Raimondo is out with a column on a favorite, the War of 1812. Our genetic memory of something very, very bad, or good, happening on rounded years, encourages such recollections; I have long argued that the centennial on the Great War will be our best opportunity for spiritual change.
Just a couple points to add:
Who knows if they were lying, as politicians do, but the
Massachusetts operation was able to produce several folks, including a
Congressman, who denied there was much of anything to the Impressment
business. John Quincy Adams, attempting to keep the peace, argued that
well, if the subject was murder, then does it really matter how many
were actually impressed?
-John Henry, not the steel driving bastard, was a British spy who
seemed to have had actual connections with New England Federalist elite
who were flirting as pro-secessionist and alliance with Britain.
President Madison bought some goods/documents off Henry that alleged
there was a Federalist secessionist plot in New England. The New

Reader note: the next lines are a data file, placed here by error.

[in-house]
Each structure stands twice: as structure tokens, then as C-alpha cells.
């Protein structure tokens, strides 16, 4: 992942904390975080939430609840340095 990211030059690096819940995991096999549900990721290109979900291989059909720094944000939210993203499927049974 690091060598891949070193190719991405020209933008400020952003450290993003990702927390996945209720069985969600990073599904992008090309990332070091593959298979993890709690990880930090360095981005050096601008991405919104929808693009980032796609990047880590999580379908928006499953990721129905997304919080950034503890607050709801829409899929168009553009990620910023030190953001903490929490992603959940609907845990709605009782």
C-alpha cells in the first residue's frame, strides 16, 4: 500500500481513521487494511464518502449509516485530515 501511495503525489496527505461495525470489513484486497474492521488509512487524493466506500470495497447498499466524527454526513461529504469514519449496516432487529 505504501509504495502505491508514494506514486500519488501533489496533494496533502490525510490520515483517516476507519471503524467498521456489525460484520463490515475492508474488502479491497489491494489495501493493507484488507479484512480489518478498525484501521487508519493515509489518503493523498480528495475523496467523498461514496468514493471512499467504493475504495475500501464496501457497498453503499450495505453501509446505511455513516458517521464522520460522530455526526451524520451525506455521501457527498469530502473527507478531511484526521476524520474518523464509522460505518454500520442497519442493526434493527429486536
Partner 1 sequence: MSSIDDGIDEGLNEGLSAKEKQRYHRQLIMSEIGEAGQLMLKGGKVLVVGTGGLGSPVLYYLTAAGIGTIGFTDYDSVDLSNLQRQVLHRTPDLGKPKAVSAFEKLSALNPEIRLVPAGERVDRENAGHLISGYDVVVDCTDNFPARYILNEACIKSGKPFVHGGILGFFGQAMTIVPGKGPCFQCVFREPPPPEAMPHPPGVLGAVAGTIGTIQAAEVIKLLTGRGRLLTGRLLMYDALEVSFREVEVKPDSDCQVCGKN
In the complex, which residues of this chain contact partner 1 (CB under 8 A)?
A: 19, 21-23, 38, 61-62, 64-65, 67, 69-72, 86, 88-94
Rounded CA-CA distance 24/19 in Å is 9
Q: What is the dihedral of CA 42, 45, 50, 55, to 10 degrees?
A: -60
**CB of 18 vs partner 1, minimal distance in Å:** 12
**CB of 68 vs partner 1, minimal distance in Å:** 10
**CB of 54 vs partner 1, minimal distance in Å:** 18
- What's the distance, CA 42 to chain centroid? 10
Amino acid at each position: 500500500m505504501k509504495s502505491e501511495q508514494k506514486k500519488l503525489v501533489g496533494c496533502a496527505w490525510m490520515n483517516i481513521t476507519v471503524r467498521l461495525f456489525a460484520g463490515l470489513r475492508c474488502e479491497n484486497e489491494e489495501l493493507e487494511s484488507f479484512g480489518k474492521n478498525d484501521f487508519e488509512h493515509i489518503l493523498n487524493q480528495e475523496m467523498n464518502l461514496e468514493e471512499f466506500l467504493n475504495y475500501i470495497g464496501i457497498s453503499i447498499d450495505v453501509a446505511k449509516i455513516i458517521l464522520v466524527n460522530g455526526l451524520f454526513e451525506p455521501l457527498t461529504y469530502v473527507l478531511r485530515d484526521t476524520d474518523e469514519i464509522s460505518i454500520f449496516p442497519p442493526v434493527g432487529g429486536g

England Federalists denied such a thing, and Madison's charge was made
to look ridiculous when it was learned the "evidence" was purchased. Who knows, really, but an early sign of serious entrepreneurial double agent activity.
-In the year of 1812, the only Prime Minister of England to be assassinated occurred in May of 1812.
While the British Empire, namely its naval power, was being challenged
severely, the English populace seemed to dislike the Tory PM, seemed to
understand where the assassin was coming from; the Prime Minister was
killed by a...wait for it...lone gunmen with...keep waiting...a stint in Russia in the bio.
-Most importantly to recall, the Constitution was largely a
Southern power move, but the Southern elite overplayed their hand, and
went broke over the War of 1812, ceding power to the Yankee elite around
The embargo Mr. Jefferson had imposed in his move for autarky,
coupled with Mr. Madison's War, had led Boston elites to go long on
factories, and with the post-war bust, the Yankee elite ditched their
sea going merchant "free trade" thinking, and embraced "protectionism".
It's often forgotten that protectionism began in the South and West at
the beginning of the Constitutional Era Republic, only to be adopted by the Yankee elites after the War of 1812.